Elsewhere, the Egyptian regime is spending money on lobbying foreign governments, in particular the new Trump administration in a bid to improve its image and strengthen ties. With the Trump administration, the Egyptians want to make sure that the US foreign aid allocation to Egypt is not challenged. There is indeed great uncertainty going forward as the new American President may be making substantial cuts, including cutting funding of the US State Department’s international aid budget. Over the past days, there has been widespread reporting that Egypt will be paying hundreds of thousands of dollars to public relations firm Weber Shandwick and lobbying firm Cassidy and Associates as part of a charm offensive directed to the new US administration. There is nothing wrong with that, except that this time the bill is to be paid by the Egyptian intelligence services (General Intelligence Service).  For observers in the West, it is bizarre that those paying for lobbying are outright identified as “intelligence services,” but the reality nothing is done in many, if not most Arab countries without the approval or even direct participation of the security and intelligence services. In normal circumstances, a civilian administration, housed in the foreign ministry would take the lead on such initiative. In fact, the Egyptian Feign Ministry has its own $2 million budget it spends each year in the US, and so the move from the intelligence service suggests that the foreign affairs ministry is not doing enough.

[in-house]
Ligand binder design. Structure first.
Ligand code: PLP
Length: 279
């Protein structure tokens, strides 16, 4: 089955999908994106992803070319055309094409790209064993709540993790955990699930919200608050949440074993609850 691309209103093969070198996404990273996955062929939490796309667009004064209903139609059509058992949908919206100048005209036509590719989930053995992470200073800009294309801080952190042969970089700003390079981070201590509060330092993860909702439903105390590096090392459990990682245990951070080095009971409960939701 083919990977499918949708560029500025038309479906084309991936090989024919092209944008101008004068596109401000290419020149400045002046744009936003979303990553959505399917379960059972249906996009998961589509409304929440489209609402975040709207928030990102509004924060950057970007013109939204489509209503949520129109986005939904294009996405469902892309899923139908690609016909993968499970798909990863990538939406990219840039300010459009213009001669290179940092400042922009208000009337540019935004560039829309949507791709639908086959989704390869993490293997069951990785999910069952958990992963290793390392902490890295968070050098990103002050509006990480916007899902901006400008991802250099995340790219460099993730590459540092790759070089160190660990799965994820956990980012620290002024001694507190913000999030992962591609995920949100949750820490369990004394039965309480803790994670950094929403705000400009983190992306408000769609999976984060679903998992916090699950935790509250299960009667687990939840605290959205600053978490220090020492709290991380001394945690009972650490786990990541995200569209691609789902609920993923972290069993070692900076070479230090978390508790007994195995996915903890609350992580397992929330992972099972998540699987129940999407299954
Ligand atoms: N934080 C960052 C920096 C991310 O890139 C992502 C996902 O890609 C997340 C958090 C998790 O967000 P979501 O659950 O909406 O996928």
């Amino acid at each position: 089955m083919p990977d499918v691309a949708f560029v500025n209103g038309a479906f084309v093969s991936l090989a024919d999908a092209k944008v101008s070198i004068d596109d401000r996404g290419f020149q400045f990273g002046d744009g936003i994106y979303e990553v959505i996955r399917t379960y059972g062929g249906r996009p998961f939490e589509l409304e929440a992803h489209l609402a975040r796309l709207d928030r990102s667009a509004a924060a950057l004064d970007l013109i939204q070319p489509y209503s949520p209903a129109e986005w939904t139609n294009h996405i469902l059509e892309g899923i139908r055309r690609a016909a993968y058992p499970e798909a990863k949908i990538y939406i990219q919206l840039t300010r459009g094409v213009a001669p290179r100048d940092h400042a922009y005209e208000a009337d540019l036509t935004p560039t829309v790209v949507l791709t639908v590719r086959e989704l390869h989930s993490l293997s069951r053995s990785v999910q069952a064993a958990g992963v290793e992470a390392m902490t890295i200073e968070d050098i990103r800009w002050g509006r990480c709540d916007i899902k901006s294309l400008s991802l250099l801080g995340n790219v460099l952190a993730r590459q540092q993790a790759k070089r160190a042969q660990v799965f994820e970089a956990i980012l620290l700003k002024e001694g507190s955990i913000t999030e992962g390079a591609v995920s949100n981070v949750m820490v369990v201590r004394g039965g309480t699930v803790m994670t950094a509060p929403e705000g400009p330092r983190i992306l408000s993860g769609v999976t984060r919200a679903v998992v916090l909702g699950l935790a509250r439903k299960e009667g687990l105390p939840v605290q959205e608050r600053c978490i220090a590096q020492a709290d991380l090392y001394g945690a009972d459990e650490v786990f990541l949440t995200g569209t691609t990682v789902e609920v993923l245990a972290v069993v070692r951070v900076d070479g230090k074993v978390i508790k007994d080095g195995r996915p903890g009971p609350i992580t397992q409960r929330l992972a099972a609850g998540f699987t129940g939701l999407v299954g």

Regardless of the inner workings of the Sisi administration, Egypt is firing up on all cylinders. It wants to see some stability so badly that it is doing whatever it takes to please the foreign sources of money. Sadly, these initiatives may not have a trickling down effect and will not likely generate the intended outcome as Egypt needs first to handle its internal crises, starting with domestic politics. And on that, there is no sign of a Sisi government ready to revisit its positions.

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Arezki Daoud is The North Africa Journal Editor and MEA Risk LLC’s Chief Executive and Lead Analyst. At the North Africa Journal Arezki oversees content development and sets the editorial policies and guidelines. Arezki is an expert on African affairs, with primary focus on the Maghreb, Sahel and Egypt. His coverage of the region spans from security and defense to industrial and economic issues. His expertise includes the energy sector and doing business in the region. At MEA Risk, Arezki overseas all aspects of the company’s development, from the research agenda to growth strategy and day-to-day business activity. Arezki brings a wealth of skills. After college, he worked for oil company Sonatrach, then held research, forecasting and consulting positions for the likes of Harvard University, IDG and IDC. Arezki can be reached at daoud@north-africa.com, at US+508-981-6937 or via Skype at arezki.daoud